It is popular awareness of these limits that provides the opportunity for progressives alluded to above. A generation of economic decline and failed government response have forcibly put social control of the economy and the democracy of which that is one instance—the very issues conventional liberalism is least capable of addressing, the signature concerns of progressive movements for two hundred years—back on the table of American politics. All around us is the wreckage of an unconstrained capitalism—falling living standards, families strained to breaking point, rising inequality. Right before us is the alternating feebleness and corruption of a government devoid of any organized base, in hock to monied interests, uninterested in rational debate, incapable of the heavy lifting needed to put the country right, unwilling even to speculate on what sort of lifting might be required. Reflected in public opinion surveys showing sky-high rates of alienation and disgust with government and deep distrust of business, in ‘out-of-nowhere’ mobilizations like that against nafta, in the growth of independent and third-party candidacies and formations—what is new (though this too is now getting old fast) is that these things are now widely recognized. There is mass discontent with politics as usual, a mass hunger for some alternative.

Progressives need not fear, and cannot hope, that conventional liberalism will deliver a democratic one. The reason why is that doing so would require challenging corporate power and mobilizing outside the state. Thirty years ago—given the us military position in the world, the strength of the us economy, the character of popular expectations about race and gender justice or the environment—it was perhaps possible for the bulk of the dwindling voting population to expect security in their liberty and prosperity, absent such challenge and mobilization. Of course the luxury of that expectation never extended to those on the receiving end of us military force, nor to those at home whom our politics had always tended to forget. Whatever the case then, a transformed political economy now leaves open no way of defending domestic living standards, reducing inequality, making jobs safe for families, escaping the legacy of four hundred years’ racism, saving our cities, or greening our economy, without putting serious constraints on capital and without recruiting citizens to their own administration. And this is just what liberals are loathe to do.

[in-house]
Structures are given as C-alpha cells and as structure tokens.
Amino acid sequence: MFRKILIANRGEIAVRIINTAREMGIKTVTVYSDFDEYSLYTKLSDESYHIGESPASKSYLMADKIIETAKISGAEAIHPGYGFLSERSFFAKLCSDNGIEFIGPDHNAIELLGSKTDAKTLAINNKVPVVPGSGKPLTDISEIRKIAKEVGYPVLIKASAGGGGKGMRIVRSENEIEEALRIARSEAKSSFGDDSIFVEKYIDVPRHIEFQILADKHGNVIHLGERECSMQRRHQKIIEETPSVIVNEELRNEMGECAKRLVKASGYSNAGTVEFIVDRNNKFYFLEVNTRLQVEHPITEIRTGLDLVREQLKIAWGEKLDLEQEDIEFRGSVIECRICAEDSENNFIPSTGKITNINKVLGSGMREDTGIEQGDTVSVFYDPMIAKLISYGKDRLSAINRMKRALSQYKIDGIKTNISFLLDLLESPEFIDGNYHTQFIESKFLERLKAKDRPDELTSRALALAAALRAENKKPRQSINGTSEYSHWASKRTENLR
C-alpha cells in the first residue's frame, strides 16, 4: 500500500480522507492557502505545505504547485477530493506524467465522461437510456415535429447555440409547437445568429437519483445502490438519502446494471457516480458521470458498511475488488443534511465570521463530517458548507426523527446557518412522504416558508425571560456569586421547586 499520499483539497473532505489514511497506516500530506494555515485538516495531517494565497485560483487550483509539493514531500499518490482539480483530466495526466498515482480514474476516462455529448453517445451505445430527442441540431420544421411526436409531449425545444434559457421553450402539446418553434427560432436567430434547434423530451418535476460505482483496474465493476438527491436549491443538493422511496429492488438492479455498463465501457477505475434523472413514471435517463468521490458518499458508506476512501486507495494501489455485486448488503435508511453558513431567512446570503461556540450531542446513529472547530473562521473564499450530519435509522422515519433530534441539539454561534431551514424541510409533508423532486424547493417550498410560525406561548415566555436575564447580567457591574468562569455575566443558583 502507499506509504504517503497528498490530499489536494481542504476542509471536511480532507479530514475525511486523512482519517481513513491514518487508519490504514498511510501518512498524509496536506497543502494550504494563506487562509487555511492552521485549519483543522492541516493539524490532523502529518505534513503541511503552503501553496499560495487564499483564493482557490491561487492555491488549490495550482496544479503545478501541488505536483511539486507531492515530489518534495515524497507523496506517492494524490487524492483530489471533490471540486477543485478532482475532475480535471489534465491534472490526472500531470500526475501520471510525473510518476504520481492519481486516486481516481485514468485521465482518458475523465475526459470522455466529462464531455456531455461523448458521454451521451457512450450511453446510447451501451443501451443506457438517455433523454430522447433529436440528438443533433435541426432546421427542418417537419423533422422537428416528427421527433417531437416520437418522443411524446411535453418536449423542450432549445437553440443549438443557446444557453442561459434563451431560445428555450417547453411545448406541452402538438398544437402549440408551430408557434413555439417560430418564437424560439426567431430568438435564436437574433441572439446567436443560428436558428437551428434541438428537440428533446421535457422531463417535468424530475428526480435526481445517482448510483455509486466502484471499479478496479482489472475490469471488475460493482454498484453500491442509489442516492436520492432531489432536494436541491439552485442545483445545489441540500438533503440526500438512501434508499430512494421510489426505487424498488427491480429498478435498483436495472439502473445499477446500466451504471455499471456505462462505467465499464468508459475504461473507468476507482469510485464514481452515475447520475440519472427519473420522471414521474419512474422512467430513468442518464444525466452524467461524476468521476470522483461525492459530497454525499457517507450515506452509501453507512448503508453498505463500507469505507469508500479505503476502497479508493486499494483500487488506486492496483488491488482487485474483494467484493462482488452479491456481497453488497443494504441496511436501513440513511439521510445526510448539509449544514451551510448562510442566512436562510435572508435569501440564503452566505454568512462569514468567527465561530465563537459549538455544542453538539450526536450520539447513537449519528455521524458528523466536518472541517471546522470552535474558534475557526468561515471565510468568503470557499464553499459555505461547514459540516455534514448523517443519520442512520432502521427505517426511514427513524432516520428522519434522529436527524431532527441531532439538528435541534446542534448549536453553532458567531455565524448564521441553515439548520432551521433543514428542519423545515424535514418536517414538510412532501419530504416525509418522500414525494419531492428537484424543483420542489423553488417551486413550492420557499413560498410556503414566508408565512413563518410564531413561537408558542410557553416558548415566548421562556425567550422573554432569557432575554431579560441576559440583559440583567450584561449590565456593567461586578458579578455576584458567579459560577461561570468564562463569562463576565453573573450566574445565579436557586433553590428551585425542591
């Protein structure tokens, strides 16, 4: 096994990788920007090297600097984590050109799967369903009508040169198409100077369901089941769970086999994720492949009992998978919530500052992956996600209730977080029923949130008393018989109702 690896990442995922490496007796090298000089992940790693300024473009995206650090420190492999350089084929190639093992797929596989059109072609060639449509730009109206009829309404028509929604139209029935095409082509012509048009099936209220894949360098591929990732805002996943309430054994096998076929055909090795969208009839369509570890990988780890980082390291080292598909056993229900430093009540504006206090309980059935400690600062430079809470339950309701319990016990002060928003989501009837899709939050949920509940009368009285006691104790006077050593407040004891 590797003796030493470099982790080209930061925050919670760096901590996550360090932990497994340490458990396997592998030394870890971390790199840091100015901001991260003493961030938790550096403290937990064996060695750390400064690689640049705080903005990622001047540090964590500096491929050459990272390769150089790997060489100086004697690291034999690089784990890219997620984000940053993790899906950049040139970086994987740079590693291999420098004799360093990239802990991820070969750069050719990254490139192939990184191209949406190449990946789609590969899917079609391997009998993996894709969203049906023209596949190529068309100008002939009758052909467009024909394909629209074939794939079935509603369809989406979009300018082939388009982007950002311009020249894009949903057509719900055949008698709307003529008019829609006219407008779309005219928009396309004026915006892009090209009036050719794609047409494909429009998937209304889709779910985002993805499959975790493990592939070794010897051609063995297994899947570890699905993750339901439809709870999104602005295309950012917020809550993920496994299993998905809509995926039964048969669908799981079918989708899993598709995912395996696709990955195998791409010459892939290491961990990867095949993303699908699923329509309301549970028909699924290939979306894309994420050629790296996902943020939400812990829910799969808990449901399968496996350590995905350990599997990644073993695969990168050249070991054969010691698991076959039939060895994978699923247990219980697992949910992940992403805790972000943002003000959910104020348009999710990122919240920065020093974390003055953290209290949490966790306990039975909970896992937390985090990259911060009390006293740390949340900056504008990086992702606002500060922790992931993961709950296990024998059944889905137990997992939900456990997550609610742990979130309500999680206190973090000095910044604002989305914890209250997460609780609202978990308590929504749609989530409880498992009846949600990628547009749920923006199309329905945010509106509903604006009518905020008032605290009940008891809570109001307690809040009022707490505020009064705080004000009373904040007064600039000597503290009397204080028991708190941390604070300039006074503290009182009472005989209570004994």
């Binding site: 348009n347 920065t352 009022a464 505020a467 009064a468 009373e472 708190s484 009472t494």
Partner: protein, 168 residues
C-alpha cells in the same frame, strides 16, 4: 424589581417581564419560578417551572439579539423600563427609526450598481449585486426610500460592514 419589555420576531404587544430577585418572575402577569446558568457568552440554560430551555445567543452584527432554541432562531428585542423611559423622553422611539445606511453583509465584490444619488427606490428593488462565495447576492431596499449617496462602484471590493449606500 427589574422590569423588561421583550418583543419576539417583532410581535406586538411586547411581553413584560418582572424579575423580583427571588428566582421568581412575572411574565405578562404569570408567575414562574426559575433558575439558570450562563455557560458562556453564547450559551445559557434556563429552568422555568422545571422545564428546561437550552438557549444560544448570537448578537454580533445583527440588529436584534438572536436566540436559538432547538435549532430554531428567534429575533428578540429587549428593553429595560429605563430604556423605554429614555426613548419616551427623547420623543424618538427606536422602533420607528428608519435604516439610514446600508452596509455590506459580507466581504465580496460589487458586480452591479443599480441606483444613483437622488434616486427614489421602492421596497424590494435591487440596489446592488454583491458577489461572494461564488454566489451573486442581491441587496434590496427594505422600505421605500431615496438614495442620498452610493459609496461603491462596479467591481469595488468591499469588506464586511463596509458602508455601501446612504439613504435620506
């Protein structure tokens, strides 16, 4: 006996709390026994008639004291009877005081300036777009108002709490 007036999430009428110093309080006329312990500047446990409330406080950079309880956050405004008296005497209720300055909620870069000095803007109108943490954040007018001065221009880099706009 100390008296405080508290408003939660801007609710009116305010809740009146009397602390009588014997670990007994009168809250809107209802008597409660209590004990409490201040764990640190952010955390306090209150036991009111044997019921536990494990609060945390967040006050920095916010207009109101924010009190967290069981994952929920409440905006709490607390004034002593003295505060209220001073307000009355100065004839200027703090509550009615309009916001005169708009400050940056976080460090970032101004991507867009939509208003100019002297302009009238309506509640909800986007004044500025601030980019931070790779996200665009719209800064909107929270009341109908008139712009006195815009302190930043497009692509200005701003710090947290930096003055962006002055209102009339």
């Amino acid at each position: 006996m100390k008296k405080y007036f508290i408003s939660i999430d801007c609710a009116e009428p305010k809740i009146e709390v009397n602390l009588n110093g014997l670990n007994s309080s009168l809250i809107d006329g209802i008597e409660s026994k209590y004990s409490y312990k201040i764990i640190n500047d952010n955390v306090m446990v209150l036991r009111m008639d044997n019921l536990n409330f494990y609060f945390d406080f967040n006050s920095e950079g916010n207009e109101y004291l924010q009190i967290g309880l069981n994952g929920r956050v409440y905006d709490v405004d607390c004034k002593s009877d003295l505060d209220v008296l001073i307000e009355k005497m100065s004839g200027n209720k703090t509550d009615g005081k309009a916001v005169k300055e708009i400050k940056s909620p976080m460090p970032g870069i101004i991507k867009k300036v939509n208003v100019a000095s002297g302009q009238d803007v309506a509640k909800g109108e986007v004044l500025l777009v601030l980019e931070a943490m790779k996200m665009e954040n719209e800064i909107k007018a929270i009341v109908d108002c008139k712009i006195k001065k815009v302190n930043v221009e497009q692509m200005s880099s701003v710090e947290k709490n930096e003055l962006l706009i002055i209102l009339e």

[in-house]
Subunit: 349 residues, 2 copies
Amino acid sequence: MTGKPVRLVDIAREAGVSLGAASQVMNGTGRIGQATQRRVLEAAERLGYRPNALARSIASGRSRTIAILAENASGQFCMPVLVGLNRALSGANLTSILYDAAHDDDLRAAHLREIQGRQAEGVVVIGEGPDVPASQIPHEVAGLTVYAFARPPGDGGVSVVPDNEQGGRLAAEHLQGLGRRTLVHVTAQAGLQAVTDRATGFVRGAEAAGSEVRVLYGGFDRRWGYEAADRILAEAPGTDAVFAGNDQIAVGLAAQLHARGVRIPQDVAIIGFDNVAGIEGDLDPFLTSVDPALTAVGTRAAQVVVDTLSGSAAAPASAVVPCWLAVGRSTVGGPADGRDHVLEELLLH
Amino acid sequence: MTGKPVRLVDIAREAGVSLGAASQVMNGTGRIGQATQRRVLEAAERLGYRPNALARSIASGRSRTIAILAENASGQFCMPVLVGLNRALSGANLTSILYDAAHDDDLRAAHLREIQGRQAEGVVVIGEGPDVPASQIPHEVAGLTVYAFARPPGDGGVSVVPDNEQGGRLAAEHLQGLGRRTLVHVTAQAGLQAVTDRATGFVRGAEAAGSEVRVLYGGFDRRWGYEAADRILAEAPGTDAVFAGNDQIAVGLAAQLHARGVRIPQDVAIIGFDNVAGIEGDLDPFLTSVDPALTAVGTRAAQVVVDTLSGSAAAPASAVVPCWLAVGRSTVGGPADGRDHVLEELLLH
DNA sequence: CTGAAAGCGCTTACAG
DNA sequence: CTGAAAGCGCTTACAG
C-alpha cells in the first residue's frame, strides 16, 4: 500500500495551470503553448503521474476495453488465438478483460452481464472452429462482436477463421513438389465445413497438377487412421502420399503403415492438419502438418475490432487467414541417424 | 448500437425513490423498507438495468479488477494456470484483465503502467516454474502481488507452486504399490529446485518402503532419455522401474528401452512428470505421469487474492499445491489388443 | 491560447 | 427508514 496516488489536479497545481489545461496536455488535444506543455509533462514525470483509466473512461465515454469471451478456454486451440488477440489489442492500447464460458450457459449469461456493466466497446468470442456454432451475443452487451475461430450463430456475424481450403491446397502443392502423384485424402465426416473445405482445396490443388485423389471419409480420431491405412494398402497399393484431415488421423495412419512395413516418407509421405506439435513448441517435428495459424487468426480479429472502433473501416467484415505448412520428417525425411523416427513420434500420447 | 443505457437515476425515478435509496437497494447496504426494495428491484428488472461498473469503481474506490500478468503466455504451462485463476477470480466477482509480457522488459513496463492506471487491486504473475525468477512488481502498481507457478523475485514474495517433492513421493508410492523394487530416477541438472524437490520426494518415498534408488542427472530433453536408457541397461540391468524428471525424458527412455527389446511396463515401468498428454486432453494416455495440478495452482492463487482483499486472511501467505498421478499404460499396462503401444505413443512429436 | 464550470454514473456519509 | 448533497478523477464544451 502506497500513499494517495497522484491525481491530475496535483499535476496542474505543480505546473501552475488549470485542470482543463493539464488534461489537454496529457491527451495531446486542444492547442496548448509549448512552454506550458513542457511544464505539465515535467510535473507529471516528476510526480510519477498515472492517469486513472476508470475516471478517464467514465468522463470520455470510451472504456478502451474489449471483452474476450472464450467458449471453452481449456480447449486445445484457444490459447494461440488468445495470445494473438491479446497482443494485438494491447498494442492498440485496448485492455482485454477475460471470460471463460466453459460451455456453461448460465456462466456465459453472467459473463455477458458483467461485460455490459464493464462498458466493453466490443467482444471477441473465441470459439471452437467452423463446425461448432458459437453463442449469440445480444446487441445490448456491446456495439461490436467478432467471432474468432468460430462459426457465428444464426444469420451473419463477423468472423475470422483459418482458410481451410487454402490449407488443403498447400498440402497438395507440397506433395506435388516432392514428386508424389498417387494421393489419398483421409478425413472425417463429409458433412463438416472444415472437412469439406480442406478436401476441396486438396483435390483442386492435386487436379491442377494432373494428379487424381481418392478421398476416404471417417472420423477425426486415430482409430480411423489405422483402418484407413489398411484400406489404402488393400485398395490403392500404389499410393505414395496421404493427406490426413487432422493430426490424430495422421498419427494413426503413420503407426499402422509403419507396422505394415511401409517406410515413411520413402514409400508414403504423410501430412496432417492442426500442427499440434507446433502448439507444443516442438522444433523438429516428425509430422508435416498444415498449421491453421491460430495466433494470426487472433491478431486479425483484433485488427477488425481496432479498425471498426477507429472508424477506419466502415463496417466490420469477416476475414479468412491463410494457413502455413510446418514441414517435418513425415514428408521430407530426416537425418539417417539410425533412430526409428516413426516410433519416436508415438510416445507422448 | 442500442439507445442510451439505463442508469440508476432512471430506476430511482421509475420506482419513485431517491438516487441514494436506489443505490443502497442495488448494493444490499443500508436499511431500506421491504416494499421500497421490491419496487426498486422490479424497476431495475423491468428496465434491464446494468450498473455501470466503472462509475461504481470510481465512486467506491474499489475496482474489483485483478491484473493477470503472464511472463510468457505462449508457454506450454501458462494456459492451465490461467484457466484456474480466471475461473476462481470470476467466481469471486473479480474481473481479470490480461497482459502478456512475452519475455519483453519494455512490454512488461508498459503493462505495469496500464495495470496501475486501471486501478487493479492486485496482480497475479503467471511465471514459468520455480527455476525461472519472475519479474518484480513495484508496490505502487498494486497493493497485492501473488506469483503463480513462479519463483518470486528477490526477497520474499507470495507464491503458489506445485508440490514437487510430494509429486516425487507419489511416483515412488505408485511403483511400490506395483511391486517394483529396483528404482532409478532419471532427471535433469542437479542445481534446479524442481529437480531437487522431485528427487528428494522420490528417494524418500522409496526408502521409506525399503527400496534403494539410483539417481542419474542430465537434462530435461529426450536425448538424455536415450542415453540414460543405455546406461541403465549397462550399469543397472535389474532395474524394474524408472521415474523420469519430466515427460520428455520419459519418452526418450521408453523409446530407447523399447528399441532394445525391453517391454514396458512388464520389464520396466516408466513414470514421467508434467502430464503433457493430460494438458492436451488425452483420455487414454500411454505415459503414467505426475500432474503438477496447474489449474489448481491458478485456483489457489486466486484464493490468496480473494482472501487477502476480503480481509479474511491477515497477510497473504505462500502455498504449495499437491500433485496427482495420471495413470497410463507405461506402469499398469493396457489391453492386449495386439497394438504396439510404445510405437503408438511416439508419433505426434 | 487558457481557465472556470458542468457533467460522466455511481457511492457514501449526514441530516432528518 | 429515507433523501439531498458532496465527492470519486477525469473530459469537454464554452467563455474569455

The preferred liberal response to current calamities, instead, is to back even further off democratic commitments. In the last twenty years, on matters of class and popular organization in particular, the leadership of the Democratic Party has moved steadily to the right. Most recently, on every major issue of popular contest with the business community—minimum wage, nafta, labor law reform, domestic investment, health care, environmental regulation, campaign finance reform—the Clinton administration has been from the start hopelessly compromised, when not proudly ensconced on the wrong side. Along with a little welfare bashing here, a little ‘toughness on crime’ there, acquiescence to business is nearly the sum of the current liberal program. Not democratic, it is also no more likely to revive liberal political fortunes than a simple-minded defence of the status quo. Liberalism is not just corrupt, but dying, sustained by a life-support system of electoral inertia and government patronage.